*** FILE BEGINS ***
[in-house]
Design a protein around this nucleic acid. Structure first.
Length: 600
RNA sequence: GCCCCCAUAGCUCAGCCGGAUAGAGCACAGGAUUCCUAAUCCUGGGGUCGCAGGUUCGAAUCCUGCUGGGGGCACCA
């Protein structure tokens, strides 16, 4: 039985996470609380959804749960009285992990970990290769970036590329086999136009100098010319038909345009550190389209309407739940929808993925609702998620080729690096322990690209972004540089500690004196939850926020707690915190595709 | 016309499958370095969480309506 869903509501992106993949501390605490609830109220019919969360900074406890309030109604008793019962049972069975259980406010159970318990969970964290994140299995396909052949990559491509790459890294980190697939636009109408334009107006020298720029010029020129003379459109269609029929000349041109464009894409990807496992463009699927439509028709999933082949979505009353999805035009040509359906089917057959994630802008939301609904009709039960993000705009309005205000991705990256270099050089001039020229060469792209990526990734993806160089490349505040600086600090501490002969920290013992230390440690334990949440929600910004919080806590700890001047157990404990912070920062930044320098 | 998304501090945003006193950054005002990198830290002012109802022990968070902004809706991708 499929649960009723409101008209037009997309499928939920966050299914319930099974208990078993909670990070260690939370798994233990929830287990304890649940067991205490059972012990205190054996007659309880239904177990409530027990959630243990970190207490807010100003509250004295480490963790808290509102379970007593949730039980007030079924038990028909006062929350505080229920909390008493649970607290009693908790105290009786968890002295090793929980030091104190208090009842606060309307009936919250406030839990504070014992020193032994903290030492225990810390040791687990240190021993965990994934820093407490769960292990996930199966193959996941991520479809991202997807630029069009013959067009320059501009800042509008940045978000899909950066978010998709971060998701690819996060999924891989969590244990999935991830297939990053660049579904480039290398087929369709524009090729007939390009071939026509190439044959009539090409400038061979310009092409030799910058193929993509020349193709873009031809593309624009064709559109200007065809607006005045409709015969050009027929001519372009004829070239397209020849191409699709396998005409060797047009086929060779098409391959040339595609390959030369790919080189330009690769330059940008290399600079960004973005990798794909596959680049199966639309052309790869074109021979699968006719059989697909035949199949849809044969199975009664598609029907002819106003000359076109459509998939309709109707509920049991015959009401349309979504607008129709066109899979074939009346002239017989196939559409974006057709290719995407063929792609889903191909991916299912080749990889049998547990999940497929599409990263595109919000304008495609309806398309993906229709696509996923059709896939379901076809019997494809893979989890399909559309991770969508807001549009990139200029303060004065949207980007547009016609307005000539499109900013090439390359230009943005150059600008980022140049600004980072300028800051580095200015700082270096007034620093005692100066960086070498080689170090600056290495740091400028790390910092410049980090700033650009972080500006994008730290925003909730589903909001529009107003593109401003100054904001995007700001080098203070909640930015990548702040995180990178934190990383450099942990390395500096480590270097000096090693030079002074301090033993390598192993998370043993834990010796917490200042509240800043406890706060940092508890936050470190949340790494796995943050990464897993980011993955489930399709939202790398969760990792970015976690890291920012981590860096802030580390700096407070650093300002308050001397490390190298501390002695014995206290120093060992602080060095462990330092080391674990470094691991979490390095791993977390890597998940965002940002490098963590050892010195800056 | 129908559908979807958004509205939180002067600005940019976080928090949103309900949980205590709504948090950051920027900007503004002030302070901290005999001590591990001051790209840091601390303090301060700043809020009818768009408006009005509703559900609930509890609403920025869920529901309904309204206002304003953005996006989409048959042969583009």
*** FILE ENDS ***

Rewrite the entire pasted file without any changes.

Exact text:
[in-house]
Design a protein around this nucleic acid. Structure first.
Length: 600
RNA sequence: GCCCCCAUAGCUCAGCCGGAUAGAGCACAGGAUUCCUAAUCCUGGGGUCGCAGGUUCGAAUCCUGCUGGGGGCACCA
């Protein structure tokens, strides 16, 4: 039985996470609380959804749960009285992990970990290769970036590329086999136009100098010319038909345009550190389209309407739940929808993925609702998620080729690096322990690209972004540089500690004196939850926020707690915190595709 | 016309499958370095969480309506 869903509501992106993949501390605490609830109220019919969360900074406890309030109604008793019962049972069975259980406010159970318990969970964290994140299995396909052949990559491509790459890294980190697939636009109408334009107006020298720029010029020129003379459109269609029929000349041109464009894409990807496992463009699927439509028709999933082949979505009353999805035009040509359906089917057959994630802008939301609904009709039960993000705009309005205000991705990256270099050089001039020229060469792209990526990734993806160089490349505040600086600090501490002969920290013992230390440690334990949440929600910004919080806590700890001047157990404990912070920062930044320098 | 998304501090945003006193950054005002990198830290002012109802022990968070902004809706991708 499929649960009723409101008209037009997309499928939920966050299914319930099974208990078993909670990070260690939370798994233990929830287990304890649940067991205490059972012990205190054996007659309880239904177990409530027990959630243990970190207490807010100003509250004295480490963790808290509102379970007593949730039980007030079924038990028909006062929350505080229920909390008493649970607290009693908790105290009786968890002295090793929980030091104190208090009842606060309307009936919250406030839990504070014992020193032994903290030492225990810390040791687990240190021993965990994934820093407490769960292990996930199966193959996941991520479809991202997807630029069009013959067009320059501009800042509008940045978000899909950066978010998709971060998701690819996060999924891989969590244990999935991830297939990053660049579904480039290398087929369709524009090729007939390009071939026509190439044959009539090409400038061979310009092409030799910058193929993509020349193709873009031809593309624009064709559109200007065809607006005045409709015969050009027929001519372009004829070239397209020849191409699709396998005409060797047009086929060779098409391959040339595609390959030369790919080189330009690769330059940008290399600079960004973005990798794909596959680049199966639309052309790869074109021979699968006719059989697909035949199949849809044969199975009664598609029907002819106003000359076109459509998939309709109707509920049991015959009401349309979504607008129709066109899979074939009346002239017989196939559409974006057709290719995407063929792609889903191909991916299912080749990889049998547990999940497929599409990263595109919000304008495609309806398309993906229709696509996923059709896939379901076809019997494809893979989890399909559309991770969508807001549009990139200029303060004065949207980007547009016609307005000539499109900013090439390359230009943005150059600008980022140049600004980072300028800051580095200015700082270096007034620093005692100066960086070498080689170090600056290495740091400028790390910092410049980090700033650009972080500006994008730290925003909730589903909001529009107003593109401003100054904001995007700001080098203070909640930015990548702040995180990178934190990383450099942990390395500096480590270097000096090693030079002074301090033993390598192993998370043993834990010796917490200042509240800043406890706060940092508890936050470190949340790494796995943050990464897993980011993955489930399709939202790398969760990792970015976690890291920012981590860096802030580390700096407070650093300002308050001397490390190298501390002695014995206290120093060992602080060095462990330092080391674990470094691991979490390095791993977390890597998940965002940002490098963590050892010195800056 | 129908559908979807958004509205939180002067600005940019976080928090949103309900949980205590709504948090950051920027900007503004002030302070901290005999001590591990001051790209840091601390303090301060700043809020009818768009408006009005509703559900609930509890609403920025869920529901309904309204206002304003953005996006989409048959042969583009």